The PC market isn’t totally dead yet, but it is looking more than a little haggard. Just under 90 million PCs were sold during October and December 2012, which turns out to be a 6.4 percent drop in unit sales from the same period in 2011, according to IDC’s Quarterly PC Tracker report published Thursday. That’s highly unusual: holiday quarters in half-way decent economic times generally produce gains. For the PC, heavily impacted by the rise in popularity of tablets, it was the worst showing for a holiday quarter in over half a decade. For all of 2012, PC sales dropped 3.2 percent from the previous year’s total.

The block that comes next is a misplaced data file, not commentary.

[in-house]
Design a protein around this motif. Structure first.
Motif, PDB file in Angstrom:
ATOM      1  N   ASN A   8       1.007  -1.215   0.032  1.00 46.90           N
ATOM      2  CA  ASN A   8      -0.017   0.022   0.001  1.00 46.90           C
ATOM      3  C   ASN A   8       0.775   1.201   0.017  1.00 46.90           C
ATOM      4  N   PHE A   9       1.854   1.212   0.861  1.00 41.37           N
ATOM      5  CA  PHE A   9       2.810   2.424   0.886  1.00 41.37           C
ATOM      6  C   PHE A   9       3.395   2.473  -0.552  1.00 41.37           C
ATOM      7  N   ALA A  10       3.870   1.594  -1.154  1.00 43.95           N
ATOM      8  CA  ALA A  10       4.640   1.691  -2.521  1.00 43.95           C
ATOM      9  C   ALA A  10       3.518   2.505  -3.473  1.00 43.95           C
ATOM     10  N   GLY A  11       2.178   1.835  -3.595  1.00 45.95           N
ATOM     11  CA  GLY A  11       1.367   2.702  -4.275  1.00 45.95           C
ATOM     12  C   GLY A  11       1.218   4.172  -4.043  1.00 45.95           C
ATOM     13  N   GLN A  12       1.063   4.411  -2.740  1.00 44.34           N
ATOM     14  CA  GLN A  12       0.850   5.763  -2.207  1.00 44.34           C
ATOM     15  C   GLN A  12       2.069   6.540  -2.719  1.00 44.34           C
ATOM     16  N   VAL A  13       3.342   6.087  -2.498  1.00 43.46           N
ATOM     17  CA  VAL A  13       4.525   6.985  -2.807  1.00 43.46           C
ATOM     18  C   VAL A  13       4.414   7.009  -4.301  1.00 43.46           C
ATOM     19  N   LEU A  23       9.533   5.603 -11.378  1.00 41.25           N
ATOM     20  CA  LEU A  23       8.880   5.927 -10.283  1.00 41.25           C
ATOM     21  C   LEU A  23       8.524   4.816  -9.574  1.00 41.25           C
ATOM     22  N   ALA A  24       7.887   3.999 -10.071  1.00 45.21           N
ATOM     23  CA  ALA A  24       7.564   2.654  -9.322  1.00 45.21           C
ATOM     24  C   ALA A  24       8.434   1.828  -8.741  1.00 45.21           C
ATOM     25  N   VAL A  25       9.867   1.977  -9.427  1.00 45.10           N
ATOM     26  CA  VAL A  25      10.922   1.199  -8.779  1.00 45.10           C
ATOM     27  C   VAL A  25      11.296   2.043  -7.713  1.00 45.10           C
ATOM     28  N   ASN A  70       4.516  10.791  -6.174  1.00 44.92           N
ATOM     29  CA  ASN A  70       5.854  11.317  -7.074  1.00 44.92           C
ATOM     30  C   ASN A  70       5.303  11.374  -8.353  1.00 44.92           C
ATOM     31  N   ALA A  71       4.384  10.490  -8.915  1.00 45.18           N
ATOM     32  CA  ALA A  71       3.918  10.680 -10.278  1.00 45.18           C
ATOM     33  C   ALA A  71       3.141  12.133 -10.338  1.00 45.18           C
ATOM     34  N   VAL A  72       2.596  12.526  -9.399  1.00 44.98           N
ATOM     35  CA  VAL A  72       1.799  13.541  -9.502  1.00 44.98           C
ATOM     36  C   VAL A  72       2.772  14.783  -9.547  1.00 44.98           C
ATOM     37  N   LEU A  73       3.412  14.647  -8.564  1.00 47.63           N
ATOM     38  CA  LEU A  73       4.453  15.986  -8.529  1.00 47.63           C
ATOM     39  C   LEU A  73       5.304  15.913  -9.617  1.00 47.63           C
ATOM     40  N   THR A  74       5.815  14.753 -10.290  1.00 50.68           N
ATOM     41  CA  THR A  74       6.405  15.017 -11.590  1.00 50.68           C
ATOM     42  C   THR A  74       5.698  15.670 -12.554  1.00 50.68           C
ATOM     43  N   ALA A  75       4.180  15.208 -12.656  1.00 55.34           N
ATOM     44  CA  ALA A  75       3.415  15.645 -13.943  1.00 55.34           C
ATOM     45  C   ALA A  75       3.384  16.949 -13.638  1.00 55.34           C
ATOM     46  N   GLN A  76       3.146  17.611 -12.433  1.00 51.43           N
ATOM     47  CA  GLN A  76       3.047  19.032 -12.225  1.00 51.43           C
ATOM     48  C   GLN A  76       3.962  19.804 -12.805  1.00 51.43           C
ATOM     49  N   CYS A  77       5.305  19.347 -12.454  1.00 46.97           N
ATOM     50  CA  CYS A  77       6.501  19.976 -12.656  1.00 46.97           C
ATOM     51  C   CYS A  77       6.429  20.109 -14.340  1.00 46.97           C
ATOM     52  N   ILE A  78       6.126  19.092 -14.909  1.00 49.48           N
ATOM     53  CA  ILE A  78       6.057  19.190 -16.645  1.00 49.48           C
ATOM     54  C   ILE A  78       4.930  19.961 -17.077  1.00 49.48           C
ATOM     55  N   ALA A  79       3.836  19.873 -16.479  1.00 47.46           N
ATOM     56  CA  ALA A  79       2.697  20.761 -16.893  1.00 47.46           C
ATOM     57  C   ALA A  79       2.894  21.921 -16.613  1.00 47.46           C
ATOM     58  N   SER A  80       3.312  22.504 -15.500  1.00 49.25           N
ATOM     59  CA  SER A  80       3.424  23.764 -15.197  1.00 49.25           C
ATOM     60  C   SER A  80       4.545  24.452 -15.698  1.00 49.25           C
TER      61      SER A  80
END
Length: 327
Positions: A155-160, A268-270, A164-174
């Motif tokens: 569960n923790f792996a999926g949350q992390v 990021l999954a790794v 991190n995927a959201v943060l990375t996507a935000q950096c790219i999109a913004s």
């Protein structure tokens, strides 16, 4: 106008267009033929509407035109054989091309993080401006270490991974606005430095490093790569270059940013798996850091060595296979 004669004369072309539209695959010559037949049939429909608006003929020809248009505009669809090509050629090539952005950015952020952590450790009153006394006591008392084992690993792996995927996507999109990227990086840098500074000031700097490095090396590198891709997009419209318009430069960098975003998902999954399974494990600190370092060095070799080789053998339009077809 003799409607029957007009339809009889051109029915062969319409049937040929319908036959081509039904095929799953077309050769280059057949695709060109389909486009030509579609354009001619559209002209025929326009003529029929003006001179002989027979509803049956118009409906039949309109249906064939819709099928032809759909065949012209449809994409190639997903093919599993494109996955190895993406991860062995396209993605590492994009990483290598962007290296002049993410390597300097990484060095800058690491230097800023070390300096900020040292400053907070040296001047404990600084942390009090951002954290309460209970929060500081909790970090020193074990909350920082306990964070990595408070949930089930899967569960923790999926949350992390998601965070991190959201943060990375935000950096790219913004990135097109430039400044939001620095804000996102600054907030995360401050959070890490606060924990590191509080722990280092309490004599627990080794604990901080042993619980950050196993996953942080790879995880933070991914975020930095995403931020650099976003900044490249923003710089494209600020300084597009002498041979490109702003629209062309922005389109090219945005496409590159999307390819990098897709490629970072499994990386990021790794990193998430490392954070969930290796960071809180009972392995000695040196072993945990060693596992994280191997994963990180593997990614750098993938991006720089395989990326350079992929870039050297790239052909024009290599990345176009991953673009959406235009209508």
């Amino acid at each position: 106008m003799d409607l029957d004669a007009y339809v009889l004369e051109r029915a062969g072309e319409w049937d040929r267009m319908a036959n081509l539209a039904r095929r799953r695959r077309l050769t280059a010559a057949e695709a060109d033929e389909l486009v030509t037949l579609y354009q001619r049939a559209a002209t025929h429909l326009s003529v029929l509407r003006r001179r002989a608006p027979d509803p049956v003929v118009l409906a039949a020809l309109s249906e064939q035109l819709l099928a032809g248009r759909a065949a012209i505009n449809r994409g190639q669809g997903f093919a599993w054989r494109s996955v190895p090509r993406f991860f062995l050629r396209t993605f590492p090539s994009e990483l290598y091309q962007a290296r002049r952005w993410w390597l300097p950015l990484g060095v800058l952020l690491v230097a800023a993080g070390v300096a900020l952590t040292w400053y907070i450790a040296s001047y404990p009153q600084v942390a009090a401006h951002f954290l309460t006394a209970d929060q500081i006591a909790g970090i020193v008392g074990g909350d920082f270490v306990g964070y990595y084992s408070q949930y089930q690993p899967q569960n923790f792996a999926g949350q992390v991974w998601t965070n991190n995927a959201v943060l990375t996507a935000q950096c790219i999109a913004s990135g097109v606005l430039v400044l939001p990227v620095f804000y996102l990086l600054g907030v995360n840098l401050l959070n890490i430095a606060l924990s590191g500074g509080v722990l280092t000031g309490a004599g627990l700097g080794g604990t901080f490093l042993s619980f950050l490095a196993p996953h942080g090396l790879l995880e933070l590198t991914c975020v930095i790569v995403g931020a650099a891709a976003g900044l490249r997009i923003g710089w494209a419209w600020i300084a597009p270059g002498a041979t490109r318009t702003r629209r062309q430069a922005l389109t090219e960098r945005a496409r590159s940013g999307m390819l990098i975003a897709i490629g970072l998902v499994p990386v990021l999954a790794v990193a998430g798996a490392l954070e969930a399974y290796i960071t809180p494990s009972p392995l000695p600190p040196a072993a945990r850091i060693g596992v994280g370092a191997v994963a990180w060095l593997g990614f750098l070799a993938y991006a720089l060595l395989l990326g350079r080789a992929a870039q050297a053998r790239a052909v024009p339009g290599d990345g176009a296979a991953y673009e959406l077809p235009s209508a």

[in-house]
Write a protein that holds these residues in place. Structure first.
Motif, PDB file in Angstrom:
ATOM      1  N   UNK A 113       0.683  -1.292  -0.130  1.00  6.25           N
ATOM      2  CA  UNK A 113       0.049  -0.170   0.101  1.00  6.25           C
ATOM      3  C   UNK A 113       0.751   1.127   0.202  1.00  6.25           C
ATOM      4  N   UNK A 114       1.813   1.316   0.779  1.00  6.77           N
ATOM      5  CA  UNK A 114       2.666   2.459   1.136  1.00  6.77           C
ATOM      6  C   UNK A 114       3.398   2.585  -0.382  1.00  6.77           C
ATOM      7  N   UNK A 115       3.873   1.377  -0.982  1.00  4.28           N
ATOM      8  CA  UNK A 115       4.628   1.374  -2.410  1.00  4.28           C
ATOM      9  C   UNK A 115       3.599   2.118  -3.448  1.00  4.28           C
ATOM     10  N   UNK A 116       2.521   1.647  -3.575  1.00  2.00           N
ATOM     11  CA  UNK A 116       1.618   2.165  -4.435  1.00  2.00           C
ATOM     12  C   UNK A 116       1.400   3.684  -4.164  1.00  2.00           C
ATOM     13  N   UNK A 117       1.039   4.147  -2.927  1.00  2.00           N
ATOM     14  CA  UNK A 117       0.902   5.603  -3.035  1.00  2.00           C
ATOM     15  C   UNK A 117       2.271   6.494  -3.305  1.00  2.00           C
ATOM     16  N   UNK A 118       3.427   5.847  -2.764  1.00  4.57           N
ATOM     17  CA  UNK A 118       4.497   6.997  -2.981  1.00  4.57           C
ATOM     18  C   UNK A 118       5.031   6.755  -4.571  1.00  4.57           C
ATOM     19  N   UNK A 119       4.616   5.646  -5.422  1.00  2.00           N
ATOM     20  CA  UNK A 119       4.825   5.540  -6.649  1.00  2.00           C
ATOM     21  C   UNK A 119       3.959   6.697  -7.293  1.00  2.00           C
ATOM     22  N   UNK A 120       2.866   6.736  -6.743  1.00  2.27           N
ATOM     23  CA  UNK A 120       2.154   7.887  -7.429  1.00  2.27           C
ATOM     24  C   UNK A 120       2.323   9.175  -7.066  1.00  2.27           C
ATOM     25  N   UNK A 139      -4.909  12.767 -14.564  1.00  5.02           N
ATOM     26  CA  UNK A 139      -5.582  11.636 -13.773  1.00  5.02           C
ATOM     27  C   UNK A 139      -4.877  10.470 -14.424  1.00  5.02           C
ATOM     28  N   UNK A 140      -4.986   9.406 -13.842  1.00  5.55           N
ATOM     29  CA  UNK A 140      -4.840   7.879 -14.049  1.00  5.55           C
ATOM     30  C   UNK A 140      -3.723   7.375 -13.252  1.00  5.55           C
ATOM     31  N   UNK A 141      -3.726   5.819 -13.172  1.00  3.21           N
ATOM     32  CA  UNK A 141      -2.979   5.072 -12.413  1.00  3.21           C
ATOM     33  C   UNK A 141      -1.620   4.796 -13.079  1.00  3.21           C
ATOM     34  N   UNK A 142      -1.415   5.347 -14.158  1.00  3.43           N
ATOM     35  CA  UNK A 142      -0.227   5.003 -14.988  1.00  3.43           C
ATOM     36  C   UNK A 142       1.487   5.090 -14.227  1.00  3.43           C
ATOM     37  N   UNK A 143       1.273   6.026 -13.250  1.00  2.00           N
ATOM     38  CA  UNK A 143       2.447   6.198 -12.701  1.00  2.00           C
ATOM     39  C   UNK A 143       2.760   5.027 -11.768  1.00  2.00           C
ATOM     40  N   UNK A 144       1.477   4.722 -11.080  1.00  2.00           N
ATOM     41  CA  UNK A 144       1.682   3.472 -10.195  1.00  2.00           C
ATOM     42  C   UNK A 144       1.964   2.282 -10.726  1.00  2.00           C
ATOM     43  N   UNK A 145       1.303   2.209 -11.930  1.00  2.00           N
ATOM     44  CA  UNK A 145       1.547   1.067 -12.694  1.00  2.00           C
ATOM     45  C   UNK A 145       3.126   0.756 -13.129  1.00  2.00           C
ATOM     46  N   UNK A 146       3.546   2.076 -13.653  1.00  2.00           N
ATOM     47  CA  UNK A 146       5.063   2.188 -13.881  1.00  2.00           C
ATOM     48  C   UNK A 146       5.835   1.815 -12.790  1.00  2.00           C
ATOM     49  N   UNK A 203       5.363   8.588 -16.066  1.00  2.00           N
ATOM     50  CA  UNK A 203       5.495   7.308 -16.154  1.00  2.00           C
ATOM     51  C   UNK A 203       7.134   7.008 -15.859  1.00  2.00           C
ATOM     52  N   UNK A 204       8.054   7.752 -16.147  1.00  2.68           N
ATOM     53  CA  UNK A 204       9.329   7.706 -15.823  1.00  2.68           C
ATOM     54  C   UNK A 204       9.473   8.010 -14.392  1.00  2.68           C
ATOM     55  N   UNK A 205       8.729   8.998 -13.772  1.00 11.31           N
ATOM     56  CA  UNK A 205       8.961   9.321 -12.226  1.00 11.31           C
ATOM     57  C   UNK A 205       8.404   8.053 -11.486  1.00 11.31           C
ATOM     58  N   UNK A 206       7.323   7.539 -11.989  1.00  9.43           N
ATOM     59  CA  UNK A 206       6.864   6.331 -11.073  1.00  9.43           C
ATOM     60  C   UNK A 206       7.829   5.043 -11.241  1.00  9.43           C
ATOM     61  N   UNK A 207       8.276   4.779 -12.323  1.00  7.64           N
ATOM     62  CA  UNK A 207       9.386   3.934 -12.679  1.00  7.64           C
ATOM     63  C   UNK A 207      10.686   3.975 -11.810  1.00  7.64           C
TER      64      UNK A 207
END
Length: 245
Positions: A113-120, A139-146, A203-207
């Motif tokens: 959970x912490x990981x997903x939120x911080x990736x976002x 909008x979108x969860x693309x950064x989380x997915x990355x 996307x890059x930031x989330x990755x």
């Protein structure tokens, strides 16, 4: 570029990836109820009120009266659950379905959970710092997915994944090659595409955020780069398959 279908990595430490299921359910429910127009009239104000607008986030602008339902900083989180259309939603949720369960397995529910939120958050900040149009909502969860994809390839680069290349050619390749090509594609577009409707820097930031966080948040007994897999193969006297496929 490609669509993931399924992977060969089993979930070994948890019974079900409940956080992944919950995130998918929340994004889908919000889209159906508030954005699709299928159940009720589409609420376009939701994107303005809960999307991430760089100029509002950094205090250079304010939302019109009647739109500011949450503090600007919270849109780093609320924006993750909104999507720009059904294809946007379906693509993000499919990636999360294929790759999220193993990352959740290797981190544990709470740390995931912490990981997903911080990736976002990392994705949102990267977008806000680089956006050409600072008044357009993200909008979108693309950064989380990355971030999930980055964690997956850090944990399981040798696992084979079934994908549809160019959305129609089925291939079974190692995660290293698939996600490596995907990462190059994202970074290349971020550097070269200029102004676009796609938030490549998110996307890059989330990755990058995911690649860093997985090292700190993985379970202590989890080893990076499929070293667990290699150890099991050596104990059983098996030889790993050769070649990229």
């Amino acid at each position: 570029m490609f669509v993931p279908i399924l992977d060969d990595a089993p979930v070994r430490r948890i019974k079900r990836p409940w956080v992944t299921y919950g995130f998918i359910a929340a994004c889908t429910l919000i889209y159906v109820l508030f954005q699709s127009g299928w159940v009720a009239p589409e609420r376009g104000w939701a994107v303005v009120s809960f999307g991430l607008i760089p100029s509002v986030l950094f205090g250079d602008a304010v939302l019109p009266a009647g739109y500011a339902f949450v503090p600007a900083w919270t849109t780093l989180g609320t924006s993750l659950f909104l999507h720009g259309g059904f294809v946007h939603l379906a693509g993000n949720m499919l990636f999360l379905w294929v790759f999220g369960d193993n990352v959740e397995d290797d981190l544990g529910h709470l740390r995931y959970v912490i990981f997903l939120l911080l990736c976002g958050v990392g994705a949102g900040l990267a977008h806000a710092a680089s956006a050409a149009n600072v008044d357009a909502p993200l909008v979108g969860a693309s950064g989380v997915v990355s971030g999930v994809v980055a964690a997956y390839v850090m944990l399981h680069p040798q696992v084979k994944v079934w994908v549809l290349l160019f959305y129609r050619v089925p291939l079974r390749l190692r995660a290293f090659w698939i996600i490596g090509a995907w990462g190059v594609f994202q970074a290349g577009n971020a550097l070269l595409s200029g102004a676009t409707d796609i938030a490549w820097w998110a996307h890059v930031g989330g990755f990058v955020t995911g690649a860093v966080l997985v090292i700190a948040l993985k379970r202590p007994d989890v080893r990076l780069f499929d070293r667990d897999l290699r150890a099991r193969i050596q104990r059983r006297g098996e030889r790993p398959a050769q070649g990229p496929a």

Worldwide, Dell and Acer were among those PC makers hit the hardest. Lenovo and Acer, which saw positive gains, didn’t fare as badly, as IDC’s chart shows below. Apple, whose sales data from IDC is only available in the U.S. was basically even with Mac sales from the previous year.
To add insult to injury, not only did the PC fare terribly during the gift-giving discount-frenzy holiday season, the results also reflect the inauspicious debut of Windows 8. Even Microsoft is moving its customers toward tablets for basic computing. At this point, it can’t be too much longer until tablets outsell PCs.